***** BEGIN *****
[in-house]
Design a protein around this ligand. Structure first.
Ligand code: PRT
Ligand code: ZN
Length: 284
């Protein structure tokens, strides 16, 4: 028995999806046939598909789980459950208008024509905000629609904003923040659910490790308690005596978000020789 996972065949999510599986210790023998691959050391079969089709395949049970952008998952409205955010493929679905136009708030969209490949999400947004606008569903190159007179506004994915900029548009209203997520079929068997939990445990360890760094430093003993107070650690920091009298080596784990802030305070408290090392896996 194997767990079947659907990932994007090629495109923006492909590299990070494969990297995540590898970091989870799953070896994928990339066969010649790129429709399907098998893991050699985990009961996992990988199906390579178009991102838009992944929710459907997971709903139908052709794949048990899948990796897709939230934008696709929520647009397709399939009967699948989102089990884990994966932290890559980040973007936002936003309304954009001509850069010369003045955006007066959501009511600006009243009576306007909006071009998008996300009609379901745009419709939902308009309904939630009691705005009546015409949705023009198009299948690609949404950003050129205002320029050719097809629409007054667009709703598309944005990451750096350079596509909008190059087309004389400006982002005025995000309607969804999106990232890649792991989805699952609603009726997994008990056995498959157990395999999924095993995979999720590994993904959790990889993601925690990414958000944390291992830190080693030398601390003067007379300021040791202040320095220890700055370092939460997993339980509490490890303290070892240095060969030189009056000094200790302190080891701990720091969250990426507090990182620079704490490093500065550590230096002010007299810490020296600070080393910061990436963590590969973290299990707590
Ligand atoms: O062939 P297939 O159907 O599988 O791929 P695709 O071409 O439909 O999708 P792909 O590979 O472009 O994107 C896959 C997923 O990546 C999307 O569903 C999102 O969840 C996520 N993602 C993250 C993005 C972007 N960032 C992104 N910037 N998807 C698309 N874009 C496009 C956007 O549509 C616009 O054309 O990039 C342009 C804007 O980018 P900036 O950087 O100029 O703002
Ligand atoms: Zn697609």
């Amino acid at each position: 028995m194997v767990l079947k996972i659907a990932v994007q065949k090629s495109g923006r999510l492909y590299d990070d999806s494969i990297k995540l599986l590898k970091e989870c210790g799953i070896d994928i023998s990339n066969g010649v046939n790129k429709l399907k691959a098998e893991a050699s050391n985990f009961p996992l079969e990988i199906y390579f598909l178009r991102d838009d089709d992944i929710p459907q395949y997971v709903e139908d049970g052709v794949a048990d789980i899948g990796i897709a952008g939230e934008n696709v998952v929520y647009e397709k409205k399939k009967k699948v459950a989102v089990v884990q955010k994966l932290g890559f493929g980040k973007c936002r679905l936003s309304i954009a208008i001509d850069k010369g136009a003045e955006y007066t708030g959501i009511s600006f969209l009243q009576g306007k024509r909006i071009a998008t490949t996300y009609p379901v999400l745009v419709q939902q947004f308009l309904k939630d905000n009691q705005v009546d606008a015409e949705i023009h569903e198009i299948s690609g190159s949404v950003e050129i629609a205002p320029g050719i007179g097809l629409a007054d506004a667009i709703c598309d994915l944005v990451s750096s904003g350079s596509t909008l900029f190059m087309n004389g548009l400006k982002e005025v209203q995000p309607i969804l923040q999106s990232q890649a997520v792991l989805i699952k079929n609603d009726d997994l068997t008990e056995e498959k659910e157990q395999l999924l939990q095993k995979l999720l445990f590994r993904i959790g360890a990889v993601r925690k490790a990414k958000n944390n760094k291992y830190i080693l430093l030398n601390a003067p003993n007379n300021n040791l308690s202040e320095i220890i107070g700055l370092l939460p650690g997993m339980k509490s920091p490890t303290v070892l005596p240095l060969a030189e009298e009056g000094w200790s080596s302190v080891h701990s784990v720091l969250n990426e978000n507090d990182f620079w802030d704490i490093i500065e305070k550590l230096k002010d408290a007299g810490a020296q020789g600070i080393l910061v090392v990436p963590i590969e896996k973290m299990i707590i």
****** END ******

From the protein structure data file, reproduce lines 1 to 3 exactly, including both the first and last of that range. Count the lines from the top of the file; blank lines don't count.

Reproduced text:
[in-house]
Design a protein around this ligand. Structure first.
Ligand code: PRT